Battles: Morgan’s First Kentucky Raid: Fight at Rolling Fork Bridge and capture of Lebanon, Kentucky. Ellsworth learns that no Union troops are anywhere close and Morgan has time to thoroughly ransack and destroy Union supplies. On the way to their next target, Ellsworth sends another bogus message, directing the Union troops away from Morgan’s route. (2) Somewhere around this time, Morgan also sends General Jeremiah Boyle, the US commander of Kentucky, a taunting message: “Good morning, Jerry. This telegraph is a great institution. You should destroy it as it keeps me posted too well. My friend Ellsworth has all your dispatches since July 10 on file. Do you want copies?”

Military events: President Lincoln makes General Halleck general-in-chief of all US land forces, a position that has been vacant since March (Halleck will assume this command when he gets to Washington). He also telegraphs Halleck that Military Governor Andrew Johnson in Nashville is “in trouble and great anxiety about a raid into Kentucky,” and asks Halleck to look into it before he comes to Washington. (5, 14) General Halleck orders General Grant to report to Corinth. (8)

General Forrest’s cavalry picks up 300 more men at a point about 10 miles northeast of Sparta, Tennessee. (4)

Confederate cavalry charge

Confederate cavalry charge, illustrated by Winslow Homer for “Harper’s Weekly” in July 1862. (Sons of the South at )

July 12

Battles: Morgan’s First Kentucky Raid: Capture of Springfield and Mackville, Kentucky. (2)

Virginia: General John Pope and the US Army of Virginia occupies Culpeper, Virginia, in the morning. General Lee hears about it that evening. (14)

Military events: At McMinnville, Kentucky, late in the afternoon, scouts tell General Forrest that everything is quiet along the stretch of railroad leading from Bridgeport through Murfreesboro to Nashville and that Union forces seem unaware of the cavalry’s presence. Forrest issues orders for his men to stay “well closed up” and sets off again, reaching Woodbury at around 11 p.m. There, he learns that almost all the men in town have been arrested and taken to Murfreesboro, an important Union supply center on the Nashville & Chattanooga Railroad. After a couple of hours of rest, Forrest moves toward Murfreesboro, some 18 miles away. (1, 4)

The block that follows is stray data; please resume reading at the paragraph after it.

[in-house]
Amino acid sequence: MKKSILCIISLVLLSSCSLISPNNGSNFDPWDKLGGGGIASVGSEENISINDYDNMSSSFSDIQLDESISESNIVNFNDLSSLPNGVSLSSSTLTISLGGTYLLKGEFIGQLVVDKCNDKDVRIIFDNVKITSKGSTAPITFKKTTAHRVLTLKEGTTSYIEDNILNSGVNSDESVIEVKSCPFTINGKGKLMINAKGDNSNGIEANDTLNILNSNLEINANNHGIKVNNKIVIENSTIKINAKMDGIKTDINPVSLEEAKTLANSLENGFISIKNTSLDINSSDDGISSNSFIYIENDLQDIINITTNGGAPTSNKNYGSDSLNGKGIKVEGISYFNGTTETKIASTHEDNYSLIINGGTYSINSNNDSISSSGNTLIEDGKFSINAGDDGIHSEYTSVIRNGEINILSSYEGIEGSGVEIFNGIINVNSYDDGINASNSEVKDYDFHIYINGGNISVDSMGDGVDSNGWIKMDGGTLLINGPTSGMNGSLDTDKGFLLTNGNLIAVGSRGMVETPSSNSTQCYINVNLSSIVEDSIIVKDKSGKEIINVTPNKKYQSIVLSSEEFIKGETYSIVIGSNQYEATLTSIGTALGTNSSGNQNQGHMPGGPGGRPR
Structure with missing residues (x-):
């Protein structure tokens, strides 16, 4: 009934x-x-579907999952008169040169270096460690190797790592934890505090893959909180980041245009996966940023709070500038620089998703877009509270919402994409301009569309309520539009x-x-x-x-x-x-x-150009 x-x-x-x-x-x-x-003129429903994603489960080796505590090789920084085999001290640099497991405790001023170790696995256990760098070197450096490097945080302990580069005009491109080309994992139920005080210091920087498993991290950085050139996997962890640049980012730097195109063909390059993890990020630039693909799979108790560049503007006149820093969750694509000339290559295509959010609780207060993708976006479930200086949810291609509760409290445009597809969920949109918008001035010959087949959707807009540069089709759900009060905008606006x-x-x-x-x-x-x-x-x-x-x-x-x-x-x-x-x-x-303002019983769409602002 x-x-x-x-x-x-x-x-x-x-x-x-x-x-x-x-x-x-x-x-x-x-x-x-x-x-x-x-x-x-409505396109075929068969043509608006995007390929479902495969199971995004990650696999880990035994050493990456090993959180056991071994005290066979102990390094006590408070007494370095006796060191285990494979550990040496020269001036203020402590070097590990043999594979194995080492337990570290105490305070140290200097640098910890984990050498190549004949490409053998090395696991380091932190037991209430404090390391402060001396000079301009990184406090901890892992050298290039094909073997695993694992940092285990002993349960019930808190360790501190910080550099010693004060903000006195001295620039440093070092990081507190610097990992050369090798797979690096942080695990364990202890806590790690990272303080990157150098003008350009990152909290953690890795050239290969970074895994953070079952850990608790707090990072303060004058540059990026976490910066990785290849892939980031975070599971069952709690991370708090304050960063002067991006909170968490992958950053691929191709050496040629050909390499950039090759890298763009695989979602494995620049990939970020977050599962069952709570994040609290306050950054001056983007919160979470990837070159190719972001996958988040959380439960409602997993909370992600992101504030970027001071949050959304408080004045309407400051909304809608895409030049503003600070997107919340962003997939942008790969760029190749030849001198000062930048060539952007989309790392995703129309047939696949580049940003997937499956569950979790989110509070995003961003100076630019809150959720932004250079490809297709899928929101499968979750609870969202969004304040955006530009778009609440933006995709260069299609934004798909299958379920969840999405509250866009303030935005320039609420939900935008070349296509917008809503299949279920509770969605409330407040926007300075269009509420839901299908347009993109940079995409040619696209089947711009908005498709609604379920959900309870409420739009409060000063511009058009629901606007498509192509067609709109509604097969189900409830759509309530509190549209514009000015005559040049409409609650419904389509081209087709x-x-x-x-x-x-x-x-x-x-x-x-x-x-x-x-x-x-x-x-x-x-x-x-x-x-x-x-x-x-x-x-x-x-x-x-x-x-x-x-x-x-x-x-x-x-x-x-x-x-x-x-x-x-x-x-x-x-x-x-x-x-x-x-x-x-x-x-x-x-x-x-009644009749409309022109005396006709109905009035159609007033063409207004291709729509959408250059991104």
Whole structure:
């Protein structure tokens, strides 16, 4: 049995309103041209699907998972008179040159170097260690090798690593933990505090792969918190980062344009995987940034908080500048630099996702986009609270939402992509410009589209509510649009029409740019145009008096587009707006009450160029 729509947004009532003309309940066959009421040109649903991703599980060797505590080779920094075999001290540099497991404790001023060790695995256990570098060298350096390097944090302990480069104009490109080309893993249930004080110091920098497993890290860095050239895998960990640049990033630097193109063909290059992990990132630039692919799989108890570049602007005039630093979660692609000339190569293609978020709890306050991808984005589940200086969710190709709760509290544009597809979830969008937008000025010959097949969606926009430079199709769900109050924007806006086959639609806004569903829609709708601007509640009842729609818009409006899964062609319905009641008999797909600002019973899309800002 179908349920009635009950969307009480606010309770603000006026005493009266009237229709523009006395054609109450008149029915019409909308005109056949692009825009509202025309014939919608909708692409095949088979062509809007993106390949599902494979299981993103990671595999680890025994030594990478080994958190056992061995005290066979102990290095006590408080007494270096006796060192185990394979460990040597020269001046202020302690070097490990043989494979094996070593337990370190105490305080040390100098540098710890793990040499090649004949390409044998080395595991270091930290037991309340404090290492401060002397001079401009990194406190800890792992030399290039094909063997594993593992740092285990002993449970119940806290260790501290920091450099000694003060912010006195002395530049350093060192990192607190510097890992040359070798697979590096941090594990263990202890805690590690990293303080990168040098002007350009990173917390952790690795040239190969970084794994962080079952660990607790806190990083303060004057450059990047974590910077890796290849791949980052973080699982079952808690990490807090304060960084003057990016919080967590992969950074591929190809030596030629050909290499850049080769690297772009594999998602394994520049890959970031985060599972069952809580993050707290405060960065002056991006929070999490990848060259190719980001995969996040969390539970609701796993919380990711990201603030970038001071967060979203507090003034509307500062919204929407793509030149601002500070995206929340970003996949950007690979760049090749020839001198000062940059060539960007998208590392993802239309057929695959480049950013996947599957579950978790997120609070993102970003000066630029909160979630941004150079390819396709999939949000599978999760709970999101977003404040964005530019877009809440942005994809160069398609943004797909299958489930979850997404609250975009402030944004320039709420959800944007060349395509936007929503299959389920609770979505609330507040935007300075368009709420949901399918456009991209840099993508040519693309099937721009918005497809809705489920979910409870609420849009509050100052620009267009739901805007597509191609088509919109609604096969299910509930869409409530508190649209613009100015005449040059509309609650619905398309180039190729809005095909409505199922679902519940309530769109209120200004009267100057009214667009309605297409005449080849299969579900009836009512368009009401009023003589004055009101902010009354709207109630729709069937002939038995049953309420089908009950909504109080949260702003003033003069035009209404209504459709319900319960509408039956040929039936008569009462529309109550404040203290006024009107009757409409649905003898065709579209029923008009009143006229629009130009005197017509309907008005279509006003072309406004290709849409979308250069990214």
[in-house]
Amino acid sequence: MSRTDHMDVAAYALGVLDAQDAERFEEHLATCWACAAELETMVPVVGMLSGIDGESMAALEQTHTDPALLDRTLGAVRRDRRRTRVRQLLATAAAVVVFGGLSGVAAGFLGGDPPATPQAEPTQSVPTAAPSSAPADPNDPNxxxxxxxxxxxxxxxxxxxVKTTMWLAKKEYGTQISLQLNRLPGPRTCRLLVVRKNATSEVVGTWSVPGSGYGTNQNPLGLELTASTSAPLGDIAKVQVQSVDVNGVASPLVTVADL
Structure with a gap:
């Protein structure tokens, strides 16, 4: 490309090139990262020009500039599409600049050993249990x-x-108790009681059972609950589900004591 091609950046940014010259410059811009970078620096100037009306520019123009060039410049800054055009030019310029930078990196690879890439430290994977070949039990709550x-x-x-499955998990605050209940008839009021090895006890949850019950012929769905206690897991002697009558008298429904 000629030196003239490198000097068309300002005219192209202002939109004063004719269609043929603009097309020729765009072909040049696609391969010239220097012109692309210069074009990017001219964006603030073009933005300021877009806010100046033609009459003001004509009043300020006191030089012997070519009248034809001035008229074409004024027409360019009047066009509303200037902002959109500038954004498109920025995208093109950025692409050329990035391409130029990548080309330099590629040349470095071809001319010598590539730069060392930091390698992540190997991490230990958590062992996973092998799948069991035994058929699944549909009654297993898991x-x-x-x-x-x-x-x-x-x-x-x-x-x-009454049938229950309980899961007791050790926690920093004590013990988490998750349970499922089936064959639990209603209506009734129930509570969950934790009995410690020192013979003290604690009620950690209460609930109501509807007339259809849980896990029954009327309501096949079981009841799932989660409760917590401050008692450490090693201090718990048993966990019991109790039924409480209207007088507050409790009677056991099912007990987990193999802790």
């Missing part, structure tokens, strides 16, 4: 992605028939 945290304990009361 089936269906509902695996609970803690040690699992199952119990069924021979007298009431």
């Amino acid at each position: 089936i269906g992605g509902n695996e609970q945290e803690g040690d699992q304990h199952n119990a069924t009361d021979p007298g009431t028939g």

Emancipation: President Lincoln calls border-state congressmen to the White House to urge their support for his plan of compensated emancipation. Two-thirds of them sign a manifesto, which he receives on the 13th, rejecting the proposal because of its “radical change in our social system,” as well its perceived interference in state matters, its cost and because they believe it would prolong the conflict. Lincoln therefore decides to give up trying to placate the border states; it is time for some radical moves. (3)

July 13

Battles: Murfreesboro. Another account. After ransacking and destroying Union supplies, Forrest’s cavalry leaves town around 6 p.m., sending the captured supplies to their base in McMinnville, while they spend the night at Reedysville, about 9 miles east of Murfreesboro, after having sent out a battalion to destroy bridges as far south as Christiana. (4)

Morgan’s First Kentucky Raid: Capture of Harrodsburg, Lawrenceburg and Versailles, Kentucky. Reportedly, the citizens of Harrodsburg welcome and feed General Morgan and his men. Skirmish near Mackville.(2) In the meanwhile, General Boyle’s appeals have reached Washington, and President Lincoln telegraphs General Halleck: “They are having a stampede in Kentucky. Please look to it.” Halleck telegraphs General Buell, “Do all in your power to put down the Morgan raid even if the Chattanooga expedition should be delayed.” Buell sends two cavalry regiments to Kentucky.

Virginia: General Lee sends out two divisions of the CS Army of Northern Virginia to “suppress” General Pope in Culpeper and to occupy Gordonsville, on the rail line between Richmond and the Shenandoah Valley. (14)